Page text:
The regents worked with Chicago firm A.T. Kearney during the 2002 search. Shelly Storbeck, an A.T. Kearney representative who worked with U-M in the search, declined to comment for this article. Storbeck has since started her own search firm. The board hasn't announced whether it will employ a search firm to find Coleman's replacement. The 2002 search cost U-M $335,000, according to a July 2002 Ann Arbor News article.
Presidential searches take on a variety of forms, depending on the institution. Regents can choose to convene an advisory committee or employ a search firm, or forgo both.
Schools such as Yale University and the Massachusetts Institute of Technology chose a leader quickly the last time they named a new president because the governing boards reportedly had replacements in mind. Other schools, like the University of Minnesota, are mandated by state law to hold public searches. Most elite schools, however, hold closed searches.
"Hiring a president is the most critical job of the board and we will seek an exceptional candidate who will lead the university into its third century," Newman said during a public board meeting on April 18. "There are many details to finalize and we anticipate a formal search will begin this summer."
In 2002, the 16 advisory committee members took oaths not to talk, but the secrecy of the search was not limited to eliminating leaks.
Everything from meetings to meals was carefully planned to avoid public attention. All interviews were conducted outside of Ann Arbor. Committee members were careful to arrive and leave meetings at different times and were cautious with receipts or anything else that might leave clues.
"It was very artfully managed," said Root. "[Candidates] can't run into each other at the airport."
Melanie Maxwell I AnnArbor.com
Recent searches for top university positions like the provost, general counsel and library dean indicate that the university remains closed-lipped when filling top academic positions.
"I've made some noises about that recently," said business school professor Scott Masten, who wants tenure-track faculty that don't also hold administrative positions to be involved in the search for Coleman's replacement.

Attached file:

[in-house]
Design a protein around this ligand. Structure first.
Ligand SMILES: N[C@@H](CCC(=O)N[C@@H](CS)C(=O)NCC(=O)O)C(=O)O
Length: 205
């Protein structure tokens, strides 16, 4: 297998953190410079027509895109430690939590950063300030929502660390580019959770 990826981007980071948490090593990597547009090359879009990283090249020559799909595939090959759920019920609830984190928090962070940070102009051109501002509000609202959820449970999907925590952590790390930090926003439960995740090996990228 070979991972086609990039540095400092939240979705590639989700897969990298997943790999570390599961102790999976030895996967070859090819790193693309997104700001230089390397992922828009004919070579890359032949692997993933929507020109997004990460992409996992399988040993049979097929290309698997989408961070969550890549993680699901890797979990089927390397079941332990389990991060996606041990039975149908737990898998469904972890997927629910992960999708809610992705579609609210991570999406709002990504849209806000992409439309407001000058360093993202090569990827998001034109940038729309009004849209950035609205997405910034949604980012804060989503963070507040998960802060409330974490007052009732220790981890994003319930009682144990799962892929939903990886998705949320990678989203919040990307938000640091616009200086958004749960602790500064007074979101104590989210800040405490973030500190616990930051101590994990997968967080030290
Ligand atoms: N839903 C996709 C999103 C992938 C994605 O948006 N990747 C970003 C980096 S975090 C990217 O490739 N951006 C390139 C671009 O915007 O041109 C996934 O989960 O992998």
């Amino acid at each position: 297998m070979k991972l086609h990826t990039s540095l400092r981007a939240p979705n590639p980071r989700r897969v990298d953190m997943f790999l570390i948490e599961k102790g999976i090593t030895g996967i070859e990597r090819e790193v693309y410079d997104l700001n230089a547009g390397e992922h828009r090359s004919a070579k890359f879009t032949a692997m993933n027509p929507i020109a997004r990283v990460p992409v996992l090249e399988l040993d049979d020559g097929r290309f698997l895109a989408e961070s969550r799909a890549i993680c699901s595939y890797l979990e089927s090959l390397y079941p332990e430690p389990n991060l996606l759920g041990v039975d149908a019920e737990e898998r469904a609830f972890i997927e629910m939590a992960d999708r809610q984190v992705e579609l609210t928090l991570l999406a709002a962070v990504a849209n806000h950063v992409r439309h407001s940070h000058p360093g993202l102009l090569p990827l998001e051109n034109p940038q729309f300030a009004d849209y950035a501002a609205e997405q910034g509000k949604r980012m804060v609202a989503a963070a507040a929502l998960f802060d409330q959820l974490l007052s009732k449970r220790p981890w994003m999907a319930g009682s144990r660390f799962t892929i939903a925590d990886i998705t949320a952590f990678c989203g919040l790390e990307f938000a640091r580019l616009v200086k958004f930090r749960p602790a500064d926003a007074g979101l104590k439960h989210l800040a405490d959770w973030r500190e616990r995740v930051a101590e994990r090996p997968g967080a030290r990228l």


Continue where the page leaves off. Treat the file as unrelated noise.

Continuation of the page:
"It is absolutely secret until the day it's announced. It's understandable why they do that," he said. "But that means it is much more important that the search committee... represent as many interests on campus as possible. The regular faculty are one of those groups."
Kim Kearfott, head of faculty government at U-M, has also emphasized the importance of faculty involvement during a search. The faculty senate is drafting a list of desired qualities in the next president. Kearfott said she has not been contacted for suggestions as to who should serve on an advisory search committee.
"I've been working now at public and private institutions. It is the responsibility of the board ... to hire the president," Lewis said. " It's actually not the responsibility of the faculty ... staff or alumni."
During the 2002 search the advisory committee began with more than 200 names. Since then, U-M's national profile has risen.
"It's a good job to step into," Root said.
Names tossed around on campus include: Teresa Sullivan, former U-M provost and current president of the University of Virginia who maintained strong support among U-M regents when she was temporarily ousted by the school's governing board; Marvin Krislov, president of Oberlin College and the former general counsel who led U-M's legal team as it supported affirmative action before the U.S. Supreme Court in early 2002; former U-M provost Nancy Cantor, who is set to retire as Syracuse University's president in 2014; and Martha Pollack, a former School of Information dean who will begin as U-M's provost in May.
Yet the list of possible finalists is large and it's unclear who regents consider top contenders. Although many U-M presidents have had some tie to the Ann Arbor school prior to assuming the presidency, the board may go with an outsider again like it did with Coleman. The board may also seek racial diversity in its applicant pool, as all U-M presidents have been white.
"There will be an ample number of candidates in the final process," said Lewis. "The University of Michigan has never had a challenge in finding individuals."